The 2013 article in phillymag.com written by Steve Volk recounts the differences that surfaced between The Philadelphia Inquirer editor Bill Marimow and publisher Bob Hall. Month-long conflict ended with the exit of Marimow. Justifying the firing, Hall wrote a seven-page email in which he went on to say, “Marimow does not have the support of most of the newsroom”.
III. Fake Advertisements
In a report published on June 6, 2008, Bloomberg pointed out how lack of advertising is adversely affecting The Philadelphia Inquirer. He mentioned there are 18 fake advertisements in the newspaper published on that particular day. “This one, for Derrie-Air, is for an airline that says it is the only “carbon-neutral luxury airline.” The newspaper has disclaimers in small print. The point apparently is to track the responses to the fake ads. Will they then show responses to advertisers in the hope that they will run real ads in the paper?,” the report states.
IV. Defamation Suit
Thomas Riley Jr., an attorney, accused The Philadelphia Inquirer of defaming him with a false report on its front page. “Attorney Claims Philly Inquirer Defamed Him,” reads the headline of the article published on courthousenews.com on June 20, 2012. “A suburban attorney claims in court that he “enjoyed an unblemished reputation” for decades, until the Philadelphia Inquirer ran a front-page article falsely claiming he had been accused of impropriety in his post at the state convention center. Thomas Riley Jr. accuses Philadelphia Media, its reporter/editor Tom Infield, and Journal Register Property of slander and libel, in the Court of Common Pleas,” the report read.
4. The Philadelphia Inquirer’s White Bias
I. Sick And Tired Day
After the criticism on “Buildings Matter, Too” headline, 44 journalists working with the newspaper issued an open letter slamming Inquirer’s approach towards non-white communities. They also made an announcement calling in “sick and tired” on June 4. “Things need to change. On June 4, we’re calling in sick and tired. Sick and tired of pretending things are OK. Sick and tired of not being heard,” the letter read. On June 6, Philadelphia Inquirer announced that senior vice president and executive editor Stan Wischnowski would resign from his post in the wake of the controversy. Over 60 racial-justice, social-justice and media-justice organizations called for the radical transformation within the organization.
II. Racial Demographics Of The Newsroom
On February 12, 2021, The Philadelphia Inquirer published an article with the headline, “Inquirer has overwhelmingly white newsroom and its coverage underrepresents people of color, report says”. The article says that the racial demographics of The Philadelphia Inquirer is not equivalent to the city it represents. 75% of the newsroom is white, however only 34% of Philadelphia comprises white. On the other hand, Black journalists account for only 12% of the newsroom whereas Philadelphia is 40% Black. It also reported that three quarters of editors are white. At the same time Opinion, Investigations, Upside, Now, Digital and Spotlight desks have no Black journalists at all.
B. The Philadelphia Inquirer Factual Reporting Analysis
Impressively, no instances of fake news, half-baked information or misleading headlines have been found in the case of The Philadelphia Inquirer. The newspaper has a history of publishing accurate information and making proper use of its sources. It refers to Associated Press and The Washington Post for international stories. Below we have cited instances where The Philadelphia Inquirer has made efforts to improve their reliability.
1. Collaboration With PolitiFact
In March 2020, The Philadelphia Inquirer collaborated with fact-checking news website PolitiFact, thus becoming its exclusive state partner in Pennsylvania. “The Philadelphia Inquirer’s reputation and tenacity make it the ideal partner for PolitiFact in Pennsylvania,” said Aaron Sharockman, PolitiFact executive director after the deal. For the unversed, PolitiFact is a part of The Poynter Institute, a global nonprofit organisation dedicated to excellence in journalism. This collaboration was among PolitiFact’s deals with 13 local news outlets in order to fact-check state-level politicians.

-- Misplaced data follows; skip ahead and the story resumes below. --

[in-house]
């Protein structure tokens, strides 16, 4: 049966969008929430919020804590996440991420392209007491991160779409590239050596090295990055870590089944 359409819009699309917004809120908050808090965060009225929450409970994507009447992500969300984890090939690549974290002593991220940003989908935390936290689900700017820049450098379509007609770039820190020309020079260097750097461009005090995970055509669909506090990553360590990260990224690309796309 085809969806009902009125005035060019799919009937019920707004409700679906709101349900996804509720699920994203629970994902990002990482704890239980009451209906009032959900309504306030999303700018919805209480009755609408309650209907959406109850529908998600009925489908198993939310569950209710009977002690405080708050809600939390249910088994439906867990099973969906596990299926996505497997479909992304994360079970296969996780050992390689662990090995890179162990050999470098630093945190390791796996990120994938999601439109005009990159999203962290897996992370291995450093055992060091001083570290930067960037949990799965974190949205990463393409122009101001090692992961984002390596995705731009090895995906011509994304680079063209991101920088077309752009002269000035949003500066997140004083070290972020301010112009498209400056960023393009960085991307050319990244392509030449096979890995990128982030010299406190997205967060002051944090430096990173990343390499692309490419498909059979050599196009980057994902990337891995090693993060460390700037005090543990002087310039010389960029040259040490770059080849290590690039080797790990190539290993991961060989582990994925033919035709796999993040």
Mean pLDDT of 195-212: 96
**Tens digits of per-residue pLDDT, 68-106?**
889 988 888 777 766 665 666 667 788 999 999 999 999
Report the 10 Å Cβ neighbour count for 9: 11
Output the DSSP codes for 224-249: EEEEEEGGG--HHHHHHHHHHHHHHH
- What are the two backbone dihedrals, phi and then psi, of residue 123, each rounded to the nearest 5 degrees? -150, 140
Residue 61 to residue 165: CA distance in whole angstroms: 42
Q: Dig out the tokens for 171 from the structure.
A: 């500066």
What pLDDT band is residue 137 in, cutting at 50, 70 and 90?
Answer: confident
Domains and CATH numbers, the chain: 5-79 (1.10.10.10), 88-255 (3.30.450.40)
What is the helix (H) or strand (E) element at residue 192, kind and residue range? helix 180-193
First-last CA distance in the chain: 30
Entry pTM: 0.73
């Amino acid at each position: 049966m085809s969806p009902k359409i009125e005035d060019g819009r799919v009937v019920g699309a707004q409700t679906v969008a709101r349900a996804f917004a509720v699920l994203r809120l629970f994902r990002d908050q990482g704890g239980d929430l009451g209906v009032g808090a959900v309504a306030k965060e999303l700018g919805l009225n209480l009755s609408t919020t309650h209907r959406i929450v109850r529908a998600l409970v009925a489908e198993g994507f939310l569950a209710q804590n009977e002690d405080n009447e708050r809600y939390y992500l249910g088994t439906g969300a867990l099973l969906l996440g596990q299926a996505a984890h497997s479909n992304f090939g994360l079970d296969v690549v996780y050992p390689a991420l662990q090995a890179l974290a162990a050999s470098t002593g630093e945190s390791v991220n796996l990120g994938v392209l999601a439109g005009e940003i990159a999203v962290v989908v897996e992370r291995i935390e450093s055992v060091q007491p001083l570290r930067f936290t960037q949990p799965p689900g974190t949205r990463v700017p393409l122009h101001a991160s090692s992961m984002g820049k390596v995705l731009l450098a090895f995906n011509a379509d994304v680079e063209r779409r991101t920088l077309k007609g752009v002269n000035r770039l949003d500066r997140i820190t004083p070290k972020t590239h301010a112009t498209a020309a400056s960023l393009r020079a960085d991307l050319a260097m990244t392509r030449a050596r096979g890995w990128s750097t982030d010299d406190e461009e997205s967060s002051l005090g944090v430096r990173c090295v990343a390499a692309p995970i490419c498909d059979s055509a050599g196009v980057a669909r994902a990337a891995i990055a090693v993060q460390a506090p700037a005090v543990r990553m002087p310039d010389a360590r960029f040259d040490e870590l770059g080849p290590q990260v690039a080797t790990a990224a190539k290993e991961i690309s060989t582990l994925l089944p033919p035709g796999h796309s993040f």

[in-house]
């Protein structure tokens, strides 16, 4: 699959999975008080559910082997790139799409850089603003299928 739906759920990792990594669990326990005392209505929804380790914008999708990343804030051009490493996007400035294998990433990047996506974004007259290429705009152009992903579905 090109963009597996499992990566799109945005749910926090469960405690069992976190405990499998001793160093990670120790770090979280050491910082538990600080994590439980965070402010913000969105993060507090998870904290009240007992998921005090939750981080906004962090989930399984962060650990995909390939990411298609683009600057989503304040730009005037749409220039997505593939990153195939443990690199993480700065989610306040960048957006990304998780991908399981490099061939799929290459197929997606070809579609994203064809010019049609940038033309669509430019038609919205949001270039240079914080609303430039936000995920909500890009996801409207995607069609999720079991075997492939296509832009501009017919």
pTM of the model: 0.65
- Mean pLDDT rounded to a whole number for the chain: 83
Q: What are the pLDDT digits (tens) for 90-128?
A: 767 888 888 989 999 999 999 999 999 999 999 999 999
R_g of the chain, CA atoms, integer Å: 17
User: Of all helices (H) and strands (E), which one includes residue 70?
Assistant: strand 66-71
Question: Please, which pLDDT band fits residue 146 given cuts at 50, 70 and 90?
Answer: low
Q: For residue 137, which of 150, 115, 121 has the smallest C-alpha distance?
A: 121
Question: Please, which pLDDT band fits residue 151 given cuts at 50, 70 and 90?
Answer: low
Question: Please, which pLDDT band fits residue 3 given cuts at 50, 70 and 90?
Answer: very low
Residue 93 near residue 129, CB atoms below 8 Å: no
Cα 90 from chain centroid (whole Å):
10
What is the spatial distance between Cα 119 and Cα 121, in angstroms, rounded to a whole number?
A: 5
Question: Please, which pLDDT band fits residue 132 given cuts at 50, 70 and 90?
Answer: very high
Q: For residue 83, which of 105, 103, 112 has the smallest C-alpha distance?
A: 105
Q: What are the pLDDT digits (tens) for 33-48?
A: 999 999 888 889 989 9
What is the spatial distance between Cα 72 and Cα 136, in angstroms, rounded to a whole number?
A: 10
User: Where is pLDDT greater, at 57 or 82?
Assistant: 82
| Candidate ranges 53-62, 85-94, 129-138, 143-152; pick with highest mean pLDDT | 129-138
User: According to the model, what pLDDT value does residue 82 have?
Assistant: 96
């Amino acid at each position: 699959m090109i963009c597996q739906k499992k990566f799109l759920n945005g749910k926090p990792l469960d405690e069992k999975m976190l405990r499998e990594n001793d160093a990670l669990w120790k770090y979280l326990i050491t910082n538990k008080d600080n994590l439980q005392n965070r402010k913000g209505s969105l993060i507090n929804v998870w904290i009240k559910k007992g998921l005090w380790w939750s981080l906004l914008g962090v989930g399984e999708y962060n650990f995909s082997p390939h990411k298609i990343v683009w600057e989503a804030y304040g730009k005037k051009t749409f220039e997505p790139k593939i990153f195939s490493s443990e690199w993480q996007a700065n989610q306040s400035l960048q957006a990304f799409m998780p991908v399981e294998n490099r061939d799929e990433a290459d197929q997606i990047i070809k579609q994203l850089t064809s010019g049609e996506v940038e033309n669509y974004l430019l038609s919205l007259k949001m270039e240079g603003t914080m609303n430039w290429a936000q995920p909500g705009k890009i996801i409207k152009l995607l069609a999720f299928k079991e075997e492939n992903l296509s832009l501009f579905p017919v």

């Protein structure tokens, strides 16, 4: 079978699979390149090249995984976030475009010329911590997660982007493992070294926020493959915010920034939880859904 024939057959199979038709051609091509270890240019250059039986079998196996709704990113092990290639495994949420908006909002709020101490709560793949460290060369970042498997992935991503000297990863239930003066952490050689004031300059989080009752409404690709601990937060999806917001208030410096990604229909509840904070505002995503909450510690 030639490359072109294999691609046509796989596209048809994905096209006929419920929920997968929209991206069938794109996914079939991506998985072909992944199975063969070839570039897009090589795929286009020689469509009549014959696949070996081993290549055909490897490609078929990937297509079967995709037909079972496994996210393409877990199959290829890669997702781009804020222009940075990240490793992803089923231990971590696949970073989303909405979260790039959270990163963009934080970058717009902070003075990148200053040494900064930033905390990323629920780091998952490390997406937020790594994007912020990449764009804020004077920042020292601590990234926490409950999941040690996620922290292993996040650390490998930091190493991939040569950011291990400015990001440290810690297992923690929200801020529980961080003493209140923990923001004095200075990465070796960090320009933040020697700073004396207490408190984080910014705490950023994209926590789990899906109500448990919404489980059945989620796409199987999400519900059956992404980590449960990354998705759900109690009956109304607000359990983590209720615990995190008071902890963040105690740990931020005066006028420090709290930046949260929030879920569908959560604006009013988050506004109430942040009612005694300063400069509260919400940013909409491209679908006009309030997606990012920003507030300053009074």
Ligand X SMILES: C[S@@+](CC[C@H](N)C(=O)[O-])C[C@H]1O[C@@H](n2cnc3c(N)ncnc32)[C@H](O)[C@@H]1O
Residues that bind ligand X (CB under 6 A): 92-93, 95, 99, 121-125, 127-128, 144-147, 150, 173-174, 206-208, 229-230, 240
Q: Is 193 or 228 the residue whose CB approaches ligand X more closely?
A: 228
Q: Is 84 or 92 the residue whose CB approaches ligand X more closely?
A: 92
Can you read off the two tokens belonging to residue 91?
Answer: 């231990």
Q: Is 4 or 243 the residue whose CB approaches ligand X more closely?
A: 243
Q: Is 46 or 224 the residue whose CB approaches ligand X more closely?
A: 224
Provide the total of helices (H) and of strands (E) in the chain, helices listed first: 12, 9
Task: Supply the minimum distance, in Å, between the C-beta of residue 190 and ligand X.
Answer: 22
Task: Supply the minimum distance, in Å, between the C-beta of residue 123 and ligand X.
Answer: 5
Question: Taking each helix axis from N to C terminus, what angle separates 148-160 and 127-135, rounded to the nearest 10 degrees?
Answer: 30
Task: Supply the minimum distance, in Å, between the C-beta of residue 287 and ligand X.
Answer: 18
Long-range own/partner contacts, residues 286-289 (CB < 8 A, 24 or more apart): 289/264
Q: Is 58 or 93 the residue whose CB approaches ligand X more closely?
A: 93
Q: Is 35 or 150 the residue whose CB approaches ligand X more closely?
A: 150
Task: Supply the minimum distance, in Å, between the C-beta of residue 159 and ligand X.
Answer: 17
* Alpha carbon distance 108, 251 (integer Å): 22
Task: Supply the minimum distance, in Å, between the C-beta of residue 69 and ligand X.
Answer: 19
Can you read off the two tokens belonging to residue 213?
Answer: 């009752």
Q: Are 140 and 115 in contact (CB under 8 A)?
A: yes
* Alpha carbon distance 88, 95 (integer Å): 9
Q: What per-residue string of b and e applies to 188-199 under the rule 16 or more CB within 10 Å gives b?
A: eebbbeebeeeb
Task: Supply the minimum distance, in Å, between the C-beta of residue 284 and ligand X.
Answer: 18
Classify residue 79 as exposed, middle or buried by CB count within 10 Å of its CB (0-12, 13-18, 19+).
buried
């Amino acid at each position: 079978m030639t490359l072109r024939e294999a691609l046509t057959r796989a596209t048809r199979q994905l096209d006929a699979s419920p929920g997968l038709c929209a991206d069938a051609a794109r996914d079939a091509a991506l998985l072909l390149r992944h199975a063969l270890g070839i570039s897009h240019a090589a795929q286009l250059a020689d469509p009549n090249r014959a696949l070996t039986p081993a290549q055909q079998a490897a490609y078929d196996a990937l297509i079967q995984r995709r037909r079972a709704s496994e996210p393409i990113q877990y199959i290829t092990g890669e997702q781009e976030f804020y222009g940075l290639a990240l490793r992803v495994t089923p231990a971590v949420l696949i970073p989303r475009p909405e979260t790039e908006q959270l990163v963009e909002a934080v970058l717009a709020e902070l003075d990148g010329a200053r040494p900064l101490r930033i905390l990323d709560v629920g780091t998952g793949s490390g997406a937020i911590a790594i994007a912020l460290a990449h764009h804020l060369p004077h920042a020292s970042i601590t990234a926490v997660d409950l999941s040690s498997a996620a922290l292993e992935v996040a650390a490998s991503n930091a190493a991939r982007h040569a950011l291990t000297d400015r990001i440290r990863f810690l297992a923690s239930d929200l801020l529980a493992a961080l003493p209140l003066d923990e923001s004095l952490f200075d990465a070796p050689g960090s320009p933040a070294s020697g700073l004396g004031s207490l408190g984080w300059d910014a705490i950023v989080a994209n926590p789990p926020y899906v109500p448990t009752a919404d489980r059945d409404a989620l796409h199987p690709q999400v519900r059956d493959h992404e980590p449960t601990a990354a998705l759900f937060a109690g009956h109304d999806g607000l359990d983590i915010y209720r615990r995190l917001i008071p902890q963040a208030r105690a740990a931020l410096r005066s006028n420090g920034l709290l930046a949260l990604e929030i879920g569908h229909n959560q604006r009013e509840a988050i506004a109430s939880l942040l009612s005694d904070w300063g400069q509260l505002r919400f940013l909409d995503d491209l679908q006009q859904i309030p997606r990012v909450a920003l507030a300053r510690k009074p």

2. Redesigning Opinion Page
The Philadelphia Inquirer even went on to redesign its opinion section in the newspaper so that readers can easily know the difference between news and opinion pieces. Among the changes introduced was a glossary explaining in detail the difference between editorials, op-eds and columns apart from labels to help readers identify news stories and opinion pieces.
C. The Philadelphia Inquirer Bias Reliability Ratings by Fact-Checking Websites
Media Bias/Fact Check has given high ratings to The Philadelphia Inquirer on credibility scale. The prominent fact-checking website also considers it to be a news source with minimal bias. Here’s what Media Bias/Fact Check has to say about the Philadelphia-based newspaper.
I. Media Bias/Fact Check
After reviewing the op-eds of The Philadelphia Inquirer, Media Bias/Fact Check came to the conclusion that the newspaper has a slight left inclination. For the last 20 years, it has endorsed Democratic presidential candidates. The fact-checking website states that The Philadelphia Inquirer “reports news accurately and with minimal bias”. As far as its editorials are concerned, they are “moderately liberal”.
D. Brief Introduction of The Philadelphia Inquirer
The Philadelphia Inquirer, established by John R. Walker and John Norvell, published its first issue on June 1, 1829. Initially, it was known as The Pennsylvania Inquirer. Norvell was the former editor of Aurora & Gazette, Philadelphia’s largest newspaper. The Philadelphia Inquirer is reportedly the third-oldest newspaper in the United States that has been continuously published. It is also the newspaper of record in the Delaware Valley. The Philadelphia Inquirer has won 20 Pulitzer Prizes until 2021. The newspaper launched its digital edition in 1995.
Daily newspaper The Philadelphia Inquirer and its website inquirer.com are owned by the non-profit organisation, Lenfest Institute. Revenue is generated through advertising and subscription charges.
E. The Philadelphia Inquirer Bias And Factual Reporting Summary
After an analysis of multiple reports published by prominent websites and in-depth research, Mediabuzz concludes that The Philadelphia Inquirer moderately favours left as evident from its op-ed pieces. At the same time, it ensures to maintain a neutral tone while reporting general news. The newspaper has been a hard-core Republican supporter however, for the last two decades it has shown faith in the Democratic Party. However, The Philadelphia Inquirer has a white bias which is visible in its newsroom population as well. It has a clean fact-check record. The Philadelphia Inquirer is even the state partner of PolitiFact, a fact-checking news website.